Temple Grandin is an American professor, author, and advocate for animal rights and autism. She was born in Boston, MA, to Richard Grandin and Eustacia Cutler. Grandin was diagnosed with autism at the age of 4 in 1951 which made her school years quite challenging but it also became a motivating element of her life, research, and advocacy work.
Grandin received her B.A. at Frankin Pierce College in 1970, her M.S. in Animal Science at Arizona State University in 1975, and her Ph.D in Animal Science from the University of Illinois in 1989. Grandin has also received honorary doctorates from the Ontario Veterinary College, University of Guelph and Duke University. She currently teaches livestock behavior and facility design at Colorado State University and consults with the livestock industry on the same topics. Grandin's work in animal behavior has revolutionized the livestock industry around the world by changing the way livestock are handled in order to reduce stress. Grandin's work also proved valuable in human behavior and she is also well known as the creator of the squeeze machine used to calm hypersensitive people.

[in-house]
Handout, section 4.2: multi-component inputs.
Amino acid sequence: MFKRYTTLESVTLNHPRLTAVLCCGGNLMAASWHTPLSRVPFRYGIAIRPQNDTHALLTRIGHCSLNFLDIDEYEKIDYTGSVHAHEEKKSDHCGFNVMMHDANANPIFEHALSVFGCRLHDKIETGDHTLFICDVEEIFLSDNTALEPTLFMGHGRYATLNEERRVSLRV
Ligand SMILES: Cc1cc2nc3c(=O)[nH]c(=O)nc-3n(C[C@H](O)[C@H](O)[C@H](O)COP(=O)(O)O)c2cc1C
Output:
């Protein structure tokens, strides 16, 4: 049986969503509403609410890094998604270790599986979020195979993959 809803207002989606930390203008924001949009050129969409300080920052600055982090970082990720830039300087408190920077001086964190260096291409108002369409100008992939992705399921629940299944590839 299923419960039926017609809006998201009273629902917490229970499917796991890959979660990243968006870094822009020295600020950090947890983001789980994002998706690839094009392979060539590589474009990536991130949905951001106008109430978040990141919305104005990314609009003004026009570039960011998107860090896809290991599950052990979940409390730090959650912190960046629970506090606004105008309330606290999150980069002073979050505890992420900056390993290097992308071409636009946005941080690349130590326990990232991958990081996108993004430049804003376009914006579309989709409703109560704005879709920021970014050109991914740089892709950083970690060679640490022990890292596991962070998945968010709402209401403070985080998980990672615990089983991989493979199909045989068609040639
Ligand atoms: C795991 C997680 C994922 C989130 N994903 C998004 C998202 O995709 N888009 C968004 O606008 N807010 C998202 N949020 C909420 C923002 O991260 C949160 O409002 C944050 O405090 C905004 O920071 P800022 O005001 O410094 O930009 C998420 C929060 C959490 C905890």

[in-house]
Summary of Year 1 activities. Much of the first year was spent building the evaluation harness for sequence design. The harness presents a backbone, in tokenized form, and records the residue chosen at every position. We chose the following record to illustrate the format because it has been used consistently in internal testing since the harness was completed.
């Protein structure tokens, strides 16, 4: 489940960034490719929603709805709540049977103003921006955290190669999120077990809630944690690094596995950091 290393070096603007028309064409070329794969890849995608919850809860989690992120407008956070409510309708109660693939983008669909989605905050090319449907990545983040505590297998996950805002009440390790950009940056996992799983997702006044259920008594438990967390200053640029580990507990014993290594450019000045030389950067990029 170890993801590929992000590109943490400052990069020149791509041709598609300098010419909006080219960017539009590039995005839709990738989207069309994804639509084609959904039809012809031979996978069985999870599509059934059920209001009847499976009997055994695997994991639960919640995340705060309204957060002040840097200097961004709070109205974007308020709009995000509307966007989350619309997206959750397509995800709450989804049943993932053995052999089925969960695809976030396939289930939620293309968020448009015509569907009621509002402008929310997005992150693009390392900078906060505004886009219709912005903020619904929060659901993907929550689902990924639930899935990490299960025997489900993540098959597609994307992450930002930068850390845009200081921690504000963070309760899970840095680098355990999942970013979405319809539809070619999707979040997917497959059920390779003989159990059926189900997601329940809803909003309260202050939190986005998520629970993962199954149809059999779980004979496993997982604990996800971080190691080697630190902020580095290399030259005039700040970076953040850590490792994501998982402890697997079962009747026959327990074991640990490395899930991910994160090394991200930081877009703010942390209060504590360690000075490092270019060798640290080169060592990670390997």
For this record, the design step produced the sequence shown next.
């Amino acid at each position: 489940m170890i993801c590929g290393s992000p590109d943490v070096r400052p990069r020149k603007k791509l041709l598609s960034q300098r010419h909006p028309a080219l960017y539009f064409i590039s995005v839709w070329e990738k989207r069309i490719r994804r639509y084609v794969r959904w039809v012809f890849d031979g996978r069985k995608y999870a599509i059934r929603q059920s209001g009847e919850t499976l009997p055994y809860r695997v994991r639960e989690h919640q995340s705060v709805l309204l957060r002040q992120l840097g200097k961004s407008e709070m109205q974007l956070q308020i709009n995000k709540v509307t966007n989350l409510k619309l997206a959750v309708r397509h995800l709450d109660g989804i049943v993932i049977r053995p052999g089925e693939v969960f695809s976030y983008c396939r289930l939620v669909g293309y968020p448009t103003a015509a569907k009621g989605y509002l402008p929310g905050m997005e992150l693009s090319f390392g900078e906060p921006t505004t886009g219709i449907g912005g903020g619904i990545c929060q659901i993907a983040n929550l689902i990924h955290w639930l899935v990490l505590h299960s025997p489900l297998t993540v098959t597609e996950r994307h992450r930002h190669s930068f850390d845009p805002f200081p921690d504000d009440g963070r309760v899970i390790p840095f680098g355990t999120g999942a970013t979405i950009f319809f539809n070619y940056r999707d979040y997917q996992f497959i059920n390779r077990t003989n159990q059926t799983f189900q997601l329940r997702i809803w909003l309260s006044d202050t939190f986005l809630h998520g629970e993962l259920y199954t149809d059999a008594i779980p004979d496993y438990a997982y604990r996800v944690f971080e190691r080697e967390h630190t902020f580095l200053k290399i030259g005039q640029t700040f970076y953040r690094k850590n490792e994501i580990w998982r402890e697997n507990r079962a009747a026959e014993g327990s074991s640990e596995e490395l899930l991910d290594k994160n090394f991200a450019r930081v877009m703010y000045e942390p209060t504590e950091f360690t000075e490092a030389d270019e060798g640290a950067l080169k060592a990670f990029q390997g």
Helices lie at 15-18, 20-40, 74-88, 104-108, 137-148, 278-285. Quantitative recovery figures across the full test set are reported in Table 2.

Grandin has appeared on many TV shows including 20/20, 48 Hours, Larry King Live, PrimeTime Live, the Today Show, as well as being featured in dozens of newspapers and magazines that include Discover, Forbes, People, Time, the New York Times, and U.S. News and World Report. In 2010, she was a TED speaker and Time Magazine named her one of the 100 most influential people in the world. Grandin herself has authored over 400 articles in both scientific journals and livestock periodicals and eight books with Animals in Translation and Animals Make Us Human both making the New York Times best seller list.
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